Book III consists entirely of a remarkable letter from Augustus Caesar, written over several days in AD 14, as he drifts leisurely down to Capri, shortly before his natural death. It’s remarkable for its insight into his own soul and motivations. This section is worthy of comparison to Yourcenar’s Hadrian.
Octavius Caesar (now in his 70’s) begins the preparation for his death and looks back over his life. He remarks that most everything written about him are lies (though not “untruths”), including some of his own writings.
For it seems to me now that when I read those books and wrote my words, I read and wrote of a man who bore my name but a man whom I hardly know. Strain as I might, I can hardly see him now, and when I glimpse him, he recedes as in a mist, eluding my most searching gaze. I wonder, if he saw me, would he recognize what he has become? Would he recognize the caricature that all men become of themselves? I do not believe that he would.
In the same letter, he writes about how he’s in the process of writing down his legacy on six bronze tablets. He must distill his life down to the limitations and confines of his own design for his mausoleum.
It seems to me wholly appropriate that I should have been forced to write of myself under these conditions, arbitrary as the might be; for just as my words must be accommodated to such a public necessity so has my life been. And just as the acts of my life have done, so these words must conceal at least as much truth as they display; the truth will lie somewhere beneath these graven words, in the dense stone which they will encircle. And this too is appropriate, for much of my life has been lived in such secrecy. It has never been politic for me to let another know my heart.
Here, Octavius muses on the Circus Maximus that is man:
I have never had that sentimental and rhetorical love for the common people that was in my youth (and is even now) so fashionable. Mankind in the aggregate I have found to be brutish, ignorant, and unkind, whether those qualities were covered by the coarse tunic of the peasant or the white and purple toga of a senator. And yet in the weakest of men in moments when they are alone and themselves, I have found veins of strength like gold in decaying rock; in the cruelest of men, flashes of tenderness and compassion; and in the vainest of men moments of simplicity and grace.
Octavius boldly writes that he set out to change the world. But not out of any “idealism and self righteousness”, nor out of any lust for power, nor out of a desire for great wealth. No, it was the call of Destiny, which he chose not to ignore. Carpe diem. But in order to fulfill that Destiny, a man must first change himself in preparation for the bending to Destiny’s necessities.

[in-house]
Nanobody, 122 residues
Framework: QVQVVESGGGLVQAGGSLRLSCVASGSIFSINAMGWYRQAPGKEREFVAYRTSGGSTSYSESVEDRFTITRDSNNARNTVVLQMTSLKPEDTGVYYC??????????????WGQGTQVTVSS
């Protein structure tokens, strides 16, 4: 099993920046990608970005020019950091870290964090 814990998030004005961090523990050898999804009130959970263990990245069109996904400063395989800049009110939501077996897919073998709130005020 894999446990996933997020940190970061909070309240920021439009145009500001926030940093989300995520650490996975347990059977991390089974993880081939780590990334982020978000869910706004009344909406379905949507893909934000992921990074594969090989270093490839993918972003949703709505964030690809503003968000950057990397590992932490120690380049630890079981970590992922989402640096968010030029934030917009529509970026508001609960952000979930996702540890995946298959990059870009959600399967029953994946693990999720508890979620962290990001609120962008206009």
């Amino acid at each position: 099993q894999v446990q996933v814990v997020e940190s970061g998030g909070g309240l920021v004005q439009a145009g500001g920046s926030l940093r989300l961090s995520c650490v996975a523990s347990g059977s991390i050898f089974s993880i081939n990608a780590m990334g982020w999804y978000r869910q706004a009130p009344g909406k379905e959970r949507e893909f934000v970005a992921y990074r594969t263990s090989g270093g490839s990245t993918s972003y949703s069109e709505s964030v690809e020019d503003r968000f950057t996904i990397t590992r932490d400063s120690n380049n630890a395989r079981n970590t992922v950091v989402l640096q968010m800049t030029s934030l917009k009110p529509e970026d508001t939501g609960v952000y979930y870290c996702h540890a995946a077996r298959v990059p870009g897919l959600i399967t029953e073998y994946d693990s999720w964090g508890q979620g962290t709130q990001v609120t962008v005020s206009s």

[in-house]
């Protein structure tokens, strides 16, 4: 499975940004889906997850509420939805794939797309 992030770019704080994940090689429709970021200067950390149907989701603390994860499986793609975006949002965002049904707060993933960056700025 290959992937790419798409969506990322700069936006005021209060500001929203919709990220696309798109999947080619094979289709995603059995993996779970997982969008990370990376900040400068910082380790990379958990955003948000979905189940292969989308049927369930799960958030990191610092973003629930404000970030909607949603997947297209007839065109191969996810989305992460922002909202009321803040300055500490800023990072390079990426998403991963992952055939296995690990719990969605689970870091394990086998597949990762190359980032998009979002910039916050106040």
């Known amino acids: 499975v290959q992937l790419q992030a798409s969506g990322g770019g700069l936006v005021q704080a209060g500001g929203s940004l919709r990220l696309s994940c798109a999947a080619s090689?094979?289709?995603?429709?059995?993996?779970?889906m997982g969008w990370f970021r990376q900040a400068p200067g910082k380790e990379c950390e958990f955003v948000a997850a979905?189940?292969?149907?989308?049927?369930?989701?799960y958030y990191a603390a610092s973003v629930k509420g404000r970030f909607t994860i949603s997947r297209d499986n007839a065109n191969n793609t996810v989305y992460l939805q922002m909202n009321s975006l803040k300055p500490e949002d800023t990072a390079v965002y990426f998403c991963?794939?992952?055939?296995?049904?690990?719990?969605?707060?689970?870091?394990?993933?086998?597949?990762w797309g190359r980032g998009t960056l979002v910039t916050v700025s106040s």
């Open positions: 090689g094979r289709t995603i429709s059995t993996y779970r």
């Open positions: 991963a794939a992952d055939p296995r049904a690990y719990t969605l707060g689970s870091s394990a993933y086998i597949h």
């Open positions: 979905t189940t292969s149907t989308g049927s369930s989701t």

One does not deceive oneself about the consequences of one’s acts; one deceives oneself about the ease with which one can live with those consequences.
As a description of the life cycle of man, it doesn’t get much better than this:
The young man, who does not know the future, sees life as a kind of epic adventure, an Odyssey through strange seas and unknown islands, where he will test and prove his powers, and thereby discover his immortality. The man of middle years, who has lived the future that he once dreamed, sees life as a tragedy; for he has learned that his power, however great, will not prevail against those forces of accident and nature to which he gives the name of gods, and has learned that he is mortal. But the man of age, if he plays his assigned role properly, must see life as a comedy. For his triumphs and his failures merge, and one is no more the occasion for pride or shame than the other; and he is neither the hero who proves himself against those forces, not the protagonist who is destroyed by them. Like any poor, pitiable shell of an actor, he comes to see that he has played so many parts that there no longer is himself.
With John Barth’s Chimera, the winner of the 1973 National Book Award for fiction. Coincidentally, the winner for translation the same year went to Allen Mandelbaum for a new translation of The Aeneid of Virgil. The Roman Empire (and the Greeks) continue to be a great source for literary inspiration and materials.